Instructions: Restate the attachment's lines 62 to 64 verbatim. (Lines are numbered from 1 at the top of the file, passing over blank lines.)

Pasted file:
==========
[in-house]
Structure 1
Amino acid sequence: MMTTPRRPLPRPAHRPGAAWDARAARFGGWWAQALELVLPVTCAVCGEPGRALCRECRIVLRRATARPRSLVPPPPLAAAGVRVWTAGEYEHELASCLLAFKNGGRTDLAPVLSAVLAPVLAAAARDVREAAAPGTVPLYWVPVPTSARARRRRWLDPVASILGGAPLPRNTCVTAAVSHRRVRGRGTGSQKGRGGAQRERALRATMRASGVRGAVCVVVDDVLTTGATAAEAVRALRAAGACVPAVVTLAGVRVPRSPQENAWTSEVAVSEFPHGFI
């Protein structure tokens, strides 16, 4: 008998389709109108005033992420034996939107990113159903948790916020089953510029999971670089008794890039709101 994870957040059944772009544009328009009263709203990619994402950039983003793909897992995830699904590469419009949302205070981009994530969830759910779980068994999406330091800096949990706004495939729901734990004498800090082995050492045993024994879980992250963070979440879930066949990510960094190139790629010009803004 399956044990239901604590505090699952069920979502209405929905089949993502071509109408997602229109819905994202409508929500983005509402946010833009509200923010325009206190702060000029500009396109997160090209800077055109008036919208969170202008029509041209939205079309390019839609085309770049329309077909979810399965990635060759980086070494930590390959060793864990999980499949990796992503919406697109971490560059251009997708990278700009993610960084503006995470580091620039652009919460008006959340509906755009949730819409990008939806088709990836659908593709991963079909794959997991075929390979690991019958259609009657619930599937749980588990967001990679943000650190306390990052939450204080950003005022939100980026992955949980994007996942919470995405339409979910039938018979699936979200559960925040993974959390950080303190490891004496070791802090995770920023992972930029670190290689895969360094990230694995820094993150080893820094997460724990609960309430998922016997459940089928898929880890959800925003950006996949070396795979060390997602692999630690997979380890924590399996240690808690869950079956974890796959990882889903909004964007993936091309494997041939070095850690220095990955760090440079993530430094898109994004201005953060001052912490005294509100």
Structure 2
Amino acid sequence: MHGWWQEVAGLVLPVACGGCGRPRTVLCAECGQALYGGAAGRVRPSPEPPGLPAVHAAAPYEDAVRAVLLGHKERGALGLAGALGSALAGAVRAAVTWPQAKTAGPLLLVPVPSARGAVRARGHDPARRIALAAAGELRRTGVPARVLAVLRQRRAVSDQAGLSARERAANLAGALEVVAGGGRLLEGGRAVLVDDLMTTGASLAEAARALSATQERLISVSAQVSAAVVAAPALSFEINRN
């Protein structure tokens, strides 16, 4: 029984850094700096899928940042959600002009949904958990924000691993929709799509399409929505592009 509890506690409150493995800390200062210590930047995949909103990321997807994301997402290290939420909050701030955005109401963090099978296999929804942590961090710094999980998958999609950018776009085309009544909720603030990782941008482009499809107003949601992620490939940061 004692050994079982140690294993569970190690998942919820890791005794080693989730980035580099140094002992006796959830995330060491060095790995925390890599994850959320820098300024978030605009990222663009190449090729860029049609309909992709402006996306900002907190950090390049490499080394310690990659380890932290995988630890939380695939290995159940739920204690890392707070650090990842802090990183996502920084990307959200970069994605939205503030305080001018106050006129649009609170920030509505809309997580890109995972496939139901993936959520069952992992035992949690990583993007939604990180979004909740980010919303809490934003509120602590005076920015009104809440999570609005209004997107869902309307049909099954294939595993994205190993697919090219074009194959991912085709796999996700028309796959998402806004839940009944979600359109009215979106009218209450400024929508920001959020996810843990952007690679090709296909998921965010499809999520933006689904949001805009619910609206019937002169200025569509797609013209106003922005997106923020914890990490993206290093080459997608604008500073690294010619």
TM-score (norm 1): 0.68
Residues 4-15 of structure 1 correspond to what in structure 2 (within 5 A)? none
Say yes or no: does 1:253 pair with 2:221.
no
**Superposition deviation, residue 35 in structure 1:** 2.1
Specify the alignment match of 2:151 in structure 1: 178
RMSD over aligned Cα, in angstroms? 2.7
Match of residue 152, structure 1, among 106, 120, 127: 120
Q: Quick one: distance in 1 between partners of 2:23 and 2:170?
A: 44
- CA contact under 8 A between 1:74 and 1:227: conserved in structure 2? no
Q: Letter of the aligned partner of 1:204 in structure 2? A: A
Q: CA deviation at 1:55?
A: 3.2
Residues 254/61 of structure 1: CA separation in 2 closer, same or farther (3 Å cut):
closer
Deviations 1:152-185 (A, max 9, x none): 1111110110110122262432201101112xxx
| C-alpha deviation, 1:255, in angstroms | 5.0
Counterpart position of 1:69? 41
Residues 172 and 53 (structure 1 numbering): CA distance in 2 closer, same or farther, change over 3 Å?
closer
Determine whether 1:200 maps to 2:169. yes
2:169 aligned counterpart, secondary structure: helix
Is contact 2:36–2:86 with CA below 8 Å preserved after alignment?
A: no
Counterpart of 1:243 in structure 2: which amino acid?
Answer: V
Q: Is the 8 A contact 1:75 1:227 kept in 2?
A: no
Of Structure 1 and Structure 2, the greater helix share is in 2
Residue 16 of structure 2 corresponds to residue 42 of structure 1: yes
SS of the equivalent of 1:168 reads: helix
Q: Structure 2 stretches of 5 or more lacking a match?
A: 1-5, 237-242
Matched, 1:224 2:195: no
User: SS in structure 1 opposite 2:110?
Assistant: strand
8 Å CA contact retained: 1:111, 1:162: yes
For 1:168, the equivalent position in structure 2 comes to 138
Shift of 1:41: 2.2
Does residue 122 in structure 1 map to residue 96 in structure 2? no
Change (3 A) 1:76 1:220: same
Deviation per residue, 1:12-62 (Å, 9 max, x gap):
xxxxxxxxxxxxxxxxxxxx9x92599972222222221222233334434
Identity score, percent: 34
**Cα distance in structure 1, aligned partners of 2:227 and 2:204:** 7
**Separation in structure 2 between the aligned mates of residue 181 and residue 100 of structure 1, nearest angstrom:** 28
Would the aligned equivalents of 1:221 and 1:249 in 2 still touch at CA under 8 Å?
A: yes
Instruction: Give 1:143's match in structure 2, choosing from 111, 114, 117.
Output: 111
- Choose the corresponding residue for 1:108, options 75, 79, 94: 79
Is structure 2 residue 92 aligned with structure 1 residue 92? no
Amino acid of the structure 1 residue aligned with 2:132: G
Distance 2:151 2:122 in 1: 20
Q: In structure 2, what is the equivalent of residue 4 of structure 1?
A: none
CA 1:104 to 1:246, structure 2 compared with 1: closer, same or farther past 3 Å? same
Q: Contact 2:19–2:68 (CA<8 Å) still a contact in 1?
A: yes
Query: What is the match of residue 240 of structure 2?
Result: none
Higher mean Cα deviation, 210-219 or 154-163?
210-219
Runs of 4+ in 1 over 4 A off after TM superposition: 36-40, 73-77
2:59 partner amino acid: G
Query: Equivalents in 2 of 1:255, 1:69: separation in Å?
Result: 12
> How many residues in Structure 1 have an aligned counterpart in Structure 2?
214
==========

Distance 2:151 2:122 in 1: 20
Q: In structure 2, what is the equivalent of residue 4 of structure 1?
A: none